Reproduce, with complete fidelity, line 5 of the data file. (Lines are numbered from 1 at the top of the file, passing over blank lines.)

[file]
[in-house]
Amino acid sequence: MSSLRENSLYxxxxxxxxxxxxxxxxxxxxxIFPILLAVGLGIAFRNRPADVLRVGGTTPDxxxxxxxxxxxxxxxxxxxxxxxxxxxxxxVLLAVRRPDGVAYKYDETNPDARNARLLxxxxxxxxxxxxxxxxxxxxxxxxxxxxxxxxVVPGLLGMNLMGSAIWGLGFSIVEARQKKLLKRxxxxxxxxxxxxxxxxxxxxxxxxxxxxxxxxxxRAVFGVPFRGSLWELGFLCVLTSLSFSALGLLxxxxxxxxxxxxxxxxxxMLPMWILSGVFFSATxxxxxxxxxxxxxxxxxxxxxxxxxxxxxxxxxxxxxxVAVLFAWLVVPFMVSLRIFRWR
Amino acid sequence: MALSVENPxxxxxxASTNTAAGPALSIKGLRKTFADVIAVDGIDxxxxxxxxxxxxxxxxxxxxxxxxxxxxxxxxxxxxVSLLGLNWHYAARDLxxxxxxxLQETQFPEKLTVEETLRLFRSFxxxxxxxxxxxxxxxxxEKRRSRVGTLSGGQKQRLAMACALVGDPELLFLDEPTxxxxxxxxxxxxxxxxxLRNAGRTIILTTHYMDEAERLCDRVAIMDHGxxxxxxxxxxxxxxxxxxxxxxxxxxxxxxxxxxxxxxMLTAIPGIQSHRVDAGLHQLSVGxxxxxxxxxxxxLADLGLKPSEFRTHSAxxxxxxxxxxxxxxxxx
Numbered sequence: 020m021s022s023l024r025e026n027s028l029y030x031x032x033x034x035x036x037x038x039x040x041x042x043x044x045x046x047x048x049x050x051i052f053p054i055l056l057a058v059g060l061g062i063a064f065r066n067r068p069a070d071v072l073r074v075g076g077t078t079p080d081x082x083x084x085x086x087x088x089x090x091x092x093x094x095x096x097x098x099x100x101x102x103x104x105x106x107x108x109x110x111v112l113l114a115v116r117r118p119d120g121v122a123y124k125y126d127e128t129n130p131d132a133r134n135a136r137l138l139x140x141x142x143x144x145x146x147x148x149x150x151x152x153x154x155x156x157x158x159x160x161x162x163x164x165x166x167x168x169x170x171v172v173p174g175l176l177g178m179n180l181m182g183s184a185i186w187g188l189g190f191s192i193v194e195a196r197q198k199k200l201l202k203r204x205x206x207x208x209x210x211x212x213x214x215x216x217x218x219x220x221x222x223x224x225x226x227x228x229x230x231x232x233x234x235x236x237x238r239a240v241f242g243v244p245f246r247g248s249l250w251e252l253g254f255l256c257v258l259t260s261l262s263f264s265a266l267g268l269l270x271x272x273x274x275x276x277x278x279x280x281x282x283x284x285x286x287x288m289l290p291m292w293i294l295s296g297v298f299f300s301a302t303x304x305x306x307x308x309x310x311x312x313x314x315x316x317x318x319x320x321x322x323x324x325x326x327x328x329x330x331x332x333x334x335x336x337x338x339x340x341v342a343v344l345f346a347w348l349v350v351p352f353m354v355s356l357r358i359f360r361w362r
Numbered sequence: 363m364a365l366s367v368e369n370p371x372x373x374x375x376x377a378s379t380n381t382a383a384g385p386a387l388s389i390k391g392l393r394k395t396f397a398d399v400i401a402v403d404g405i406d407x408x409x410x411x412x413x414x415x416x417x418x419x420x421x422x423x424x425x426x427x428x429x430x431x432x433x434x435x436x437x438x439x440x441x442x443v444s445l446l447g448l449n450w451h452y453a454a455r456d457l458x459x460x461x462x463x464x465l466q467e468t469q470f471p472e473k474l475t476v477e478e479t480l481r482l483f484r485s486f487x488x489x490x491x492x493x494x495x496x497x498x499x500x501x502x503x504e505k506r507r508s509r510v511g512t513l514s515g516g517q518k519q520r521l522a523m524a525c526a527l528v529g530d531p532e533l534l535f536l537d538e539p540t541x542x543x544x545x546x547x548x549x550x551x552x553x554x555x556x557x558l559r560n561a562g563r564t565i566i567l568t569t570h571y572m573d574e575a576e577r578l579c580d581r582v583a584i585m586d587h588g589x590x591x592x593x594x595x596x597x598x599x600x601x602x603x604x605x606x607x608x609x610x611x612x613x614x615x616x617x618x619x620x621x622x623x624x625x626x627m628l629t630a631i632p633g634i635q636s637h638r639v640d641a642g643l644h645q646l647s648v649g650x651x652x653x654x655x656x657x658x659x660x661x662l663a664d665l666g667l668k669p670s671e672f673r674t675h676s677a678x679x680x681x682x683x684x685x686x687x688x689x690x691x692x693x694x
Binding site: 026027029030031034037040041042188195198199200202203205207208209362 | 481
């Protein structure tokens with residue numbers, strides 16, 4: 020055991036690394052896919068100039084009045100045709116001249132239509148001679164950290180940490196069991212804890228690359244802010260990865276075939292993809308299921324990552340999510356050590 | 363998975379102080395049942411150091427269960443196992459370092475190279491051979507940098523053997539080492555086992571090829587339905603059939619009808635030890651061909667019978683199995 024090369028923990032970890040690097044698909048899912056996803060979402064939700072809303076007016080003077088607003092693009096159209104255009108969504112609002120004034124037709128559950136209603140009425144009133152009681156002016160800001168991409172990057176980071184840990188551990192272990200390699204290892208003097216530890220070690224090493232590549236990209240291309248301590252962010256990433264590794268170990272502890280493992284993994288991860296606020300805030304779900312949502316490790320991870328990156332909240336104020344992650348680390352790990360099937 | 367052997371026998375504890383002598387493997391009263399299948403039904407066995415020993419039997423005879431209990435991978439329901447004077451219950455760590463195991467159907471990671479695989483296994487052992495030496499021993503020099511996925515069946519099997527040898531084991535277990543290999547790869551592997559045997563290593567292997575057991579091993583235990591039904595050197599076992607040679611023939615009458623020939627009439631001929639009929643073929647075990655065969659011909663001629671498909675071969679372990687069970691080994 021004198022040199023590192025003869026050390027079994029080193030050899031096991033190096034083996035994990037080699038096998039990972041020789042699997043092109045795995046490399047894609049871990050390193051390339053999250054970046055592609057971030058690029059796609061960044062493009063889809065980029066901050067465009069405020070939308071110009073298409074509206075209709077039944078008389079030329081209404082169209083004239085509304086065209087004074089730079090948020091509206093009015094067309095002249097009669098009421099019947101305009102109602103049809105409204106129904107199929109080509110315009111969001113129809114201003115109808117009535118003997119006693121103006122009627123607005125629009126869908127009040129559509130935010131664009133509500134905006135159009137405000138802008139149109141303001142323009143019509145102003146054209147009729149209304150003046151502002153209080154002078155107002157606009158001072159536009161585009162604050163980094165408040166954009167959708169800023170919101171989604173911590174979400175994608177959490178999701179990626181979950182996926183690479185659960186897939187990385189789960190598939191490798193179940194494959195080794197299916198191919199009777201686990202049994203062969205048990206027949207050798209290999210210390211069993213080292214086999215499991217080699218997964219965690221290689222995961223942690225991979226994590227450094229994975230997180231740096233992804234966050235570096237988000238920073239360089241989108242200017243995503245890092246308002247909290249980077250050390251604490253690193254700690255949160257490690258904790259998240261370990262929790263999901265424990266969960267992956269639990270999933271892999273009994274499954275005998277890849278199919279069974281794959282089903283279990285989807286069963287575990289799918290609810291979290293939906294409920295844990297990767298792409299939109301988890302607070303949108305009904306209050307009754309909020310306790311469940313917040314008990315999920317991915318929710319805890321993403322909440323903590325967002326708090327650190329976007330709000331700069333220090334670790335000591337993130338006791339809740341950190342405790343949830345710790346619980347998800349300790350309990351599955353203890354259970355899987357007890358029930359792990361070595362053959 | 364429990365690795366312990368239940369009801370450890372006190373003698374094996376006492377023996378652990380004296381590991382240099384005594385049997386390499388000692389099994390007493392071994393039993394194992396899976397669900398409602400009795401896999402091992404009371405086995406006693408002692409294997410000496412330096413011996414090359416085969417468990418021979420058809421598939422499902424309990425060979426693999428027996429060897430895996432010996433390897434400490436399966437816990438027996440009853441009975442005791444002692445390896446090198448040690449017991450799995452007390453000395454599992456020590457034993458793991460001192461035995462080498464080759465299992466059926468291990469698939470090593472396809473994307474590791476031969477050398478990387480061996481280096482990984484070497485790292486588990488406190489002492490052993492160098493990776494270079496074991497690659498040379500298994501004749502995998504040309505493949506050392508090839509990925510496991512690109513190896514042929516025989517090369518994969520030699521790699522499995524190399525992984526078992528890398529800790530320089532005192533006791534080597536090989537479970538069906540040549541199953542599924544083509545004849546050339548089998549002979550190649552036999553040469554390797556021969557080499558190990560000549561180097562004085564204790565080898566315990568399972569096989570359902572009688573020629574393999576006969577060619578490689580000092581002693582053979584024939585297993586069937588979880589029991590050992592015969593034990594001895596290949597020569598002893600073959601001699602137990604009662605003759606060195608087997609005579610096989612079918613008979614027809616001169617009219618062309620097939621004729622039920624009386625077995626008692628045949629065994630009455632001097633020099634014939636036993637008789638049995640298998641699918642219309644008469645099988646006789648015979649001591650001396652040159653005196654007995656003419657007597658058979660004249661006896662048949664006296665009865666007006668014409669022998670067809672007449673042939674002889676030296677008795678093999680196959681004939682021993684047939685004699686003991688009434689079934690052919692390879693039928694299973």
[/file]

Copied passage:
Numbered sequence: 363m364a365l366s367v368e369n370p371x372x373x374x375x376x377a378s379t380n381t382a383a384g385p386a387l388s389i390k391g392l393r394k395t396f397a398d399v400i401a402v403d404g405i406d407x408x409x410x411x412x413x414x415x416x417x418x419x420x421x422x423x424x425x426x427x428x429x430x431x432x433x434x435x436x437x438x439x440x441x442x443v444s445l446l447g448l449n450w451h452y453a454a455r456d457l458x459x460x461x462x463x464x465l466q467e468t469q470f471p472e473k474l475t476v477e478e479t480l481r482l483f484r485s486f487x488x489x490x491x492x493x494x495x496x497x498x499x500x501x502x503x504e505k506r507r508s509r510v511g512t513l514s515g516g517q518k519q520r521l522a523m524a525c526a527l528v529g530d531p532e533l534l535f536l537d538e539p540t541x542x543x544x545x546x547x548x549x550x551x552x553x554x555x556x557x558l559r560n561a562g563r564t565i566i567l568t569t570h571y572m573d574e575a576e577r578l579c580d581r582v583a584i585m586d587h588g589x590x591x592x593x594x595x596x597x598x599x600x601x602x603x604x605x606x607x608x609x610x611x612x613x614x615x616x617x618x619x620x621x622x623x624x625x626x627m628l629t630a631i632p633g634i635q636s637h638r639v640d641a642g643l644h645q646l647s648v649g650x651x652x653x654x655x656x657x658x659x660x661x662l663a664d665l666g667l668k669p670s671e672f673r674t675h676s677a678x679x680x681x682x683x684x685x686x687x688x689x690x691x692x693x694x